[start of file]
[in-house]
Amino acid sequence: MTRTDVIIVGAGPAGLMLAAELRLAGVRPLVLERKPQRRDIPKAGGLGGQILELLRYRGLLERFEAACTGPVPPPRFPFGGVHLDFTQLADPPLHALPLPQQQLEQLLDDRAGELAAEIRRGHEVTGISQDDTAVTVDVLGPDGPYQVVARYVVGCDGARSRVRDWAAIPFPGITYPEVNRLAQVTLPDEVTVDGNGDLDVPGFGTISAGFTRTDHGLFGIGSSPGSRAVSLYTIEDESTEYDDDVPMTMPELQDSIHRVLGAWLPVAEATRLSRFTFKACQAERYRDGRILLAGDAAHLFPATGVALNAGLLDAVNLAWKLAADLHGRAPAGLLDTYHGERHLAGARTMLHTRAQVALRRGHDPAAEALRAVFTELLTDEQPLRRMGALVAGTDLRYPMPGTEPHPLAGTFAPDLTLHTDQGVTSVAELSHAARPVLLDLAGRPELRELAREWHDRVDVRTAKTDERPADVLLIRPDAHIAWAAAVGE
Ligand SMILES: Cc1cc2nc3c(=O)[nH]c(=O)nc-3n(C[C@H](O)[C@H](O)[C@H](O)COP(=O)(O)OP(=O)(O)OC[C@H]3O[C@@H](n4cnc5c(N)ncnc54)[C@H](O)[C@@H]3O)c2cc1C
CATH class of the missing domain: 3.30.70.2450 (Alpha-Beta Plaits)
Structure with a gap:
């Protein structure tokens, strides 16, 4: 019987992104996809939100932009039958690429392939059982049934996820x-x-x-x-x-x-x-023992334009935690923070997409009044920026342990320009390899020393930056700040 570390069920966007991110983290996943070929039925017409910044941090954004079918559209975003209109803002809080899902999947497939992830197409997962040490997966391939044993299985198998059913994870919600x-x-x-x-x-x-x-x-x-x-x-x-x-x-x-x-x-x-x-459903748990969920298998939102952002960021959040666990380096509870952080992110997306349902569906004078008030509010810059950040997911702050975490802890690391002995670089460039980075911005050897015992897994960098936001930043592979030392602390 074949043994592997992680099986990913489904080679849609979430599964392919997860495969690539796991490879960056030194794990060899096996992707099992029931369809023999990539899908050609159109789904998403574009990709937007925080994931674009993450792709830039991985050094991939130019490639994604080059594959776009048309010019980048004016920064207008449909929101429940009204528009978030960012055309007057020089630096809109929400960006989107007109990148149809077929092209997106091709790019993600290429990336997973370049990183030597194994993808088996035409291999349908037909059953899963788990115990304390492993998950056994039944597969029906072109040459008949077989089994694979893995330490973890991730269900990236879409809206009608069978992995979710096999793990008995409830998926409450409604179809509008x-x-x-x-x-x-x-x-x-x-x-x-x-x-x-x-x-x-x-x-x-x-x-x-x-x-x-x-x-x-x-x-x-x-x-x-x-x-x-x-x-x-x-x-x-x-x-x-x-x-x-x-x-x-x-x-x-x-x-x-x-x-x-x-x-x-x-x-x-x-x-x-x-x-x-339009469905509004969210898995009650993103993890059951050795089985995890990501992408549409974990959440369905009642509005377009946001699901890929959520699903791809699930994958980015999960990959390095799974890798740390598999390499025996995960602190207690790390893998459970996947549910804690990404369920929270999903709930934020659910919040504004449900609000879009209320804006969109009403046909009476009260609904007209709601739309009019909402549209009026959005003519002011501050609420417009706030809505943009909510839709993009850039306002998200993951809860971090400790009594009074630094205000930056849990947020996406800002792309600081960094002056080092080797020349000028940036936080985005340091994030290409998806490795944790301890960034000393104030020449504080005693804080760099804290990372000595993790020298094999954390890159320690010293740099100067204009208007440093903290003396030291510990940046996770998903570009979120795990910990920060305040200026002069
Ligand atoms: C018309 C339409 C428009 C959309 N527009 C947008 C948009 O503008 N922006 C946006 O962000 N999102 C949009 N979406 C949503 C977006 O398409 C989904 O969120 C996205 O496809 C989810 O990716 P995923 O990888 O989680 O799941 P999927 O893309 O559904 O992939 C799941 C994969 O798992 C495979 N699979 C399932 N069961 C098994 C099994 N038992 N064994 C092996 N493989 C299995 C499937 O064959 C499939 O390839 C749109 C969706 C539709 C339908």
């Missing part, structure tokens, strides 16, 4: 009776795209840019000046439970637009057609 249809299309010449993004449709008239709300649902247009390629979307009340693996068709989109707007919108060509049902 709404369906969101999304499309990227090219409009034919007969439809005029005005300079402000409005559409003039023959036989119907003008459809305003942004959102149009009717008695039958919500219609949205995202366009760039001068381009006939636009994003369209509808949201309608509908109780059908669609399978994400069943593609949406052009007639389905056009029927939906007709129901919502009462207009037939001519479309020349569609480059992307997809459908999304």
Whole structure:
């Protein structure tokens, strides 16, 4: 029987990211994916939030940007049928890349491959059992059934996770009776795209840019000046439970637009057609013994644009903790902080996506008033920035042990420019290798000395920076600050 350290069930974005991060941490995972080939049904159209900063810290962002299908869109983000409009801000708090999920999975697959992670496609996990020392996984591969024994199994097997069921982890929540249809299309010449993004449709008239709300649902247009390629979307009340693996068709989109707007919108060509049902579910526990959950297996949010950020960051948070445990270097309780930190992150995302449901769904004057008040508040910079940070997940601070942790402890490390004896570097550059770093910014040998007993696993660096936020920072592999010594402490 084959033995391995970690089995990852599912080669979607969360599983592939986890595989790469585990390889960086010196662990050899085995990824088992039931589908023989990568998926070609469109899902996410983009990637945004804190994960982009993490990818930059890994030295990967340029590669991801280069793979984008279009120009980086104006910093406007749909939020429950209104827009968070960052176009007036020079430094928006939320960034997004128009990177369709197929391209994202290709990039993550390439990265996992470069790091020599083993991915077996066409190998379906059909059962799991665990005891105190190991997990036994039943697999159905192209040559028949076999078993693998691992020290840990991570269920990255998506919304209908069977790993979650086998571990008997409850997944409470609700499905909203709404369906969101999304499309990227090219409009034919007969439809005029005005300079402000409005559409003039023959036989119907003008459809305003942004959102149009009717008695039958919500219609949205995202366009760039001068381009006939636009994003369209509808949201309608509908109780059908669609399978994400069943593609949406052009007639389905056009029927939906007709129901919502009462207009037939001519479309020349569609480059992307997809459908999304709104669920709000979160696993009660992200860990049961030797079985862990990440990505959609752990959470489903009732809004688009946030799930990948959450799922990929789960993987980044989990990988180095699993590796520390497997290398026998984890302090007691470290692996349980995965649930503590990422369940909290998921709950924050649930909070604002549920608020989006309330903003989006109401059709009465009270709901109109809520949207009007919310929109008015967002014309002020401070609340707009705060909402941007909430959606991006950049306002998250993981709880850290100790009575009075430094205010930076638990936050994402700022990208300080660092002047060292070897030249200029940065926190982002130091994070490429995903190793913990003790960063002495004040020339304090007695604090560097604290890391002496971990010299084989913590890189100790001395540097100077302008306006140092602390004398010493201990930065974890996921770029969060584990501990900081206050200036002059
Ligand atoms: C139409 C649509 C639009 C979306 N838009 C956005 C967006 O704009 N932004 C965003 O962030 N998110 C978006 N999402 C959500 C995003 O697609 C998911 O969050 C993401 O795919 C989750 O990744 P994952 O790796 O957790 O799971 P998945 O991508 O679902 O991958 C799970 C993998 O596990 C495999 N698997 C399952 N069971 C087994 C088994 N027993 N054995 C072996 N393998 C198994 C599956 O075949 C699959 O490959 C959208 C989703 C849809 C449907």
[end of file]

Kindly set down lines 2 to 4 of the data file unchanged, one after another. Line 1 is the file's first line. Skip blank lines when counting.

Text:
Amino acid sequence: MTRTDVIIVGAGPAGLMLAAELRLAGVRPLVLERKPQRRDIPKAGGLGGQILELLRYRGLLERFEAACTGPVPPPRFPFGGVHLDFTQLADPPLHALPLPQQQLEQLLDDRAGELAAEIRRGHEVTGISQDDTAVTVDVLGPDGPYQVVARYVVGCDGARSRVRDWAAIPFPGITYPEVNRLAQVTLPDEVTVDGNGDLDVPGFGTISAGFTRTDHGLFGIGSSPGSRAVSLYTIEDESTEYDDDVPMTMPELQDSIHRVLGAWLPVAEATRLSRFTFKACQAERYRDGRILLAGDAAHLFPATGVALNAGLLDAVNLAWKLAADLHGRAPAGLLDTYHGERHLAGARTMLHTRAQVALRRGHDPAAEALRAVFTELLTDEQPLRRMGALVAGTDLRYPMPGTEPHPLAGTFAPDLTLHTDQGVTSVAELSHAARPVLLDLAGRPELRELAREWHDRVDVRTAKTDERPADVLLIRPDAHIAWAAAVGE
Ligand SMILES: Cc1cc2nc3c(=O)[nH]c(=O)nc-3n(C[C@H](O)[C@H](O)[C@H](O)COP(=O)(O)OP(=O)(O)OC[C@H]3O[C@@H](n4cnc5c(N)ncnc54)[C@H](O)[C@@H]3O)c2cc1C
CATH class of the missing domain: 3.30.70.2450 (Alpha-Beta Plaits)